Glencairn Care Home Case Study – Manager’s Story

“We’re in the business of caring, so selfcare should be incorporated”: Care manager on how flexible working is making staff happier

Following interviews with staff across all levels, leading Scottish care group Renaissance Care, which employs 1,200 people across the country, has reviewed its culture, working practice, and its health and wellbeing offering across the board, as it responds to rising resignations of care staff across the industry on the back of the pandemic.

In response to feedback around long shifts within the care sector, which have historically been 12 hour shifts as industry standard, the care home operator will now offer staff a flexible approach to their working week. The move means that those who want to adapt shifts around childcare commitments, or want to cut down on long shift times can request to do so, while certain roles will have the option to support to a four-day working week.

Home manager at Renaissance Care’s Glencairn Care Home in Edinburgh, Jozi Stables, has seen a great uptake of flexible hours. Jozi explained that the move has meant something different for each person, including herself who has used it to spend more time with family and take up further study.

Jozi said: “You read about it, but I don’t think unless you work in care it is easy to understand how much the pandemic changed everything.

“It made us so much more reactive than we ever were before because we had to work within major constraints and time pressures. Situations changed so quickly and we would react to the changing needs on a daily, sometimes hourly, basis. Of course, this is something we do every day within our role, however, the additional pressures of the pandemic meant this need became even greater.

“Now we’ve had a while to process everything and take a step back, I take great pride in what the care sector has achieved and continues to deliver. We endured long hours, incredible risks and fear which were unrivalled in any other sector, and we did this without question, and with the safety and care of our residents and colleagues as our main priority. However, the emotional stresses were evident as fatigue took its toll and it’s not surprising that so many people left the sector.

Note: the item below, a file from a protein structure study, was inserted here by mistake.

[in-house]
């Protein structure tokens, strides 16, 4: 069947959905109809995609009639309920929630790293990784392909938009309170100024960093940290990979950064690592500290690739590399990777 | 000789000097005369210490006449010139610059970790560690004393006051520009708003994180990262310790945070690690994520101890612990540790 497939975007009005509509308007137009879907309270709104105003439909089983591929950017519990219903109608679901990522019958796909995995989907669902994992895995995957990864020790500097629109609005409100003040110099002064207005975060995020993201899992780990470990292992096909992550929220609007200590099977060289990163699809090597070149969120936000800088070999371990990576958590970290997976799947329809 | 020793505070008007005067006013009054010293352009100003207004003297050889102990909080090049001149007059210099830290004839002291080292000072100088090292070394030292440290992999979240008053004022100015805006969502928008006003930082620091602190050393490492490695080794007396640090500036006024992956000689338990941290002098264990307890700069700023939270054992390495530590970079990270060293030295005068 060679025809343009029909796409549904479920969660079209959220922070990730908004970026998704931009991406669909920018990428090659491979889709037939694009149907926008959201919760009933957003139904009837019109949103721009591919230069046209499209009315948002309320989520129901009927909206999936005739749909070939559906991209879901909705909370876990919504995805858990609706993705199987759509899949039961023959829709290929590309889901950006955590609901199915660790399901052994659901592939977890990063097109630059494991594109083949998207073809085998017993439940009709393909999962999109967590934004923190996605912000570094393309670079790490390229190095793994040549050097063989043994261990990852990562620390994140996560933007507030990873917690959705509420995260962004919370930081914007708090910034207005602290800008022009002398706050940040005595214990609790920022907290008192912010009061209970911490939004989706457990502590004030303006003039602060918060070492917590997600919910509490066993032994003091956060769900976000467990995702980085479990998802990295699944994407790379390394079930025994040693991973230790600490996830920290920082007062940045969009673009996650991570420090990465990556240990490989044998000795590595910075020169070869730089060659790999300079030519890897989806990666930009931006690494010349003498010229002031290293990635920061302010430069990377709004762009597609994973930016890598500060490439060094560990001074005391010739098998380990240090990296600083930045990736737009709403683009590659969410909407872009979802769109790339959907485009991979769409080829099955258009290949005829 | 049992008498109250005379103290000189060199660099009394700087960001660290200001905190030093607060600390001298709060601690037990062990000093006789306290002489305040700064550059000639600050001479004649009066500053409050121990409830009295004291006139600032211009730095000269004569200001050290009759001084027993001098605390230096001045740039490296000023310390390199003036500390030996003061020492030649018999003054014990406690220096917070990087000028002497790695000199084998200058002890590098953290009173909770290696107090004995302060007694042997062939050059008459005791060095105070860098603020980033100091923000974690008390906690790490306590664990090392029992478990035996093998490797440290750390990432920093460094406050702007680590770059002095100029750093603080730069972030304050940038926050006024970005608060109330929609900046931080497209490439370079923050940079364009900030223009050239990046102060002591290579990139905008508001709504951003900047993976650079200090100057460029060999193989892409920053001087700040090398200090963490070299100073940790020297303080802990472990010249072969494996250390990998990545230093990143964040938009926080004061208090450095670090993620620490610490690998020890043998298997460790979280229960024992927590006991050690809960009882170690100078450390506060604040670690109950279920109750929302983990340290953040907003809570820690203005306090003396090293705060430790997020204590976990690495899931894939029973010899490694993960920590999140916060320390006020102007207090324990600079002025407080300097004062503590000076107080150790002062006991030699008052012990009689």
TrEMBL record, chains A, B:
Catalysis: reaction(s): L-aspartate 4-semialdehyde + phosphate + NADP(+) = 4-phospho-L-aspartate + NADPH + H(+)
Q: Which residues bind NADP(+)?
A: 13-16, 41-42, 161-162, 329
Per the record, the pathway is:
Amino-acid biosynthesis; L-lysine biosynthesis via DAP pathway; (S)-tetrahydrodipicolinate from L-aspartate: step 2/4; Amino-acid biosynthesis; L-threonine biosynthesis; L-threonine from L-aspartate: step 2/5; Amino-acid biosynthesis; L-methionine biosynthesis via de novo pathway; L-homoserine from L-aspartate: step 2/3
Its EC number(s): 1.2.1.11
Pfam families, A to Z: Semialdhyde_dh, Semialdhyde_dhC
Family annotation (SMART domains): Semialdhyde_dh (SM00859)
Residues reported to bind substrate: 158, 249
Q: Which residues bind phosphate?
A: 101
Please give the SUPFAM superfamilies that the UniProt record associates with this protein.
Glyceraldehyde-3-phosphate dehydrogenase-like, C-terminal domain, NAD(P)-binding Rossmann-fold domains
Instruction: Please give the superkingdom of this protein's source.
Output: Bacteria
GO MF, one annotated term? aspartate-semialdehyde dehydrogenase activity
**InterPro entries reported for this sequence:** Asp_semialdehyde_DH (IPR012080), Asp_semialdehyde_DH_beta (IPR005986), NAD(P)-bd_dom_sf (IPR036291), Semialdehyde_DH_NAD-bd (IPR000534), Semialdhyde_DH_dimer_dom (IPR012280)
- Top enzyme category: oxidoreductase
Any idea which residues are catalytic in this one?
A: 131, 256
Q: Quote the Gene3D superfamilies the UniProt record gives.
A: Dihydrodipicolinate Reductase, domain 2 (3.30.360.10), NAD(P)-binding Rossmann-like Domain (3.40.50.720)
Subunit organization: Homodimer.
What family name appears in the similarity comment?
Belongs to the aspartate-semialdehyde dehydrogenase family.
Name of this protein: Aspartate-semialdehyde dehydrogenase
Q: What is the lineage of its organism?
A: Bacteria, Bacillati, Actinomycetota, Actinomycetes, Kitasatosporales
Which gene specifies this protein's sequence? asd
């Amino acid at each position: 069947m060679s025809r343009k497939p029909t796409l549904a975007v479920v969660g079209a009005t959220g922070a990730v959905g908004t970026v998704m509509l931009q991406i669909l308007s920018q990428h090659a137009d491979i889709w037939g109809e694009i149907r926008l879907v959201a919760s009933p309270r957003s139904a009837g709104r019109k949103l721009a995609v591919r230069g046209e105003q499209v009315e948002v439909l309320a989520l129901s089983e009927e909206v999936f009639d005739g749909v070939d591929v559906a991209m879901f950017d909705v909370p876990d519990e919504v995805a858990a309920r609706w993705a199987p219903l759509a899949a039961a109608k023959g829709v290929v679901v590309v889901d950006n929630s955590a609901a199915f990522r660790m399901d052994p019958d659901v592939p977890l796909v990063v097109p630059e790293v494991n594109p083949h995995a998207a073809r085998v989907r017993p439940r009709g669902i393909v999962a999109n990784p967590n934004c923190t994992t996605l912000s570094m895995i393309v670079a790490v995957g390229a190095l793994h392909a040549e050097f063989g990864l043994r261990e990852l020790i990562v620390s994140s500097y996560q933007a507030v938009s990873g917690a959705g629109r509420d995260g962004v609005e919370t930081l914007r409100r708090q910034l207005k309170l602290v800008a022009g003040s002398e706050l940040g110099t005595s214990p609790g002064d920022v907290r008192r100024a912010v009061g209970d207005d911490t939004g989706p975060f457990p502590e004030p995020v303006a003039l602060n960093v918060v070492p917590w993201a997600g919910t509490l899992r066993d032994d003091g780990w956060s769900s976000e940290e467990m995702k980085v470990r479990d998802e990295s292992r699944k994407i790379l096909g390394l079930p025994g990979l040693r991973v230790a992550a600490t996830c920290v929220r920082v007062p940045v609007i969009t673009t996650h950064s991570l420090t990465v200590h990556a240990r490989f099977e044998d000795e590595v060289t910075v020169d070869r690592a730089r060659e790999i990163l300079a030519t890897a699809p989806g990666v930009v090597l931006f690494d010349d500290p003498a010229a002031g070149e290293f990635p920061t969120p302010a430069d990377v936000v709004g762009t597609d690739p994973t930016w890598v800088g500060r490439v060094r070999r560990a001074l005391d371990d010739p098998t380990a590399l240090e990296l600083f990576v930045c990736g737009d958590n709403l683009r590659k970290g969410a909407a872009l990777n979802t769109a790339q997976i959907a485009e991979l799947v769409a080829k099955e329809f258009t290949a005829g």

“All of this amounts to a clear reason some would want to look elsewhere for a new career where modern ways of working, and the silver-linings from the pandemic such as working from home, could be implemented. For me and my colleagues though, care is a passion, so leaving the sector for such reasons wasn’t really an option, so Renaissance Care bringing in these updated benefits has meant we’re able to regain some of that balance while remaining steadfast in our roles for those we care for.

“Renaissance Care has always been a fair employer and, because of that, we have incredible staff. The move to implement a cultural review as guided by its employees underlines the company’s determination to support its people whilst being mindful of their needs, and by listening and adapting where possible to create the work life balance we all deserve.

“To this point, the review included staff focus groups as a core component to the situational analysis undertaken. The survey has led to many different benefits for staff to help address the stresses and concerns which have been raised within the industry as a whole, and directly to the businesses senior leaders during the process.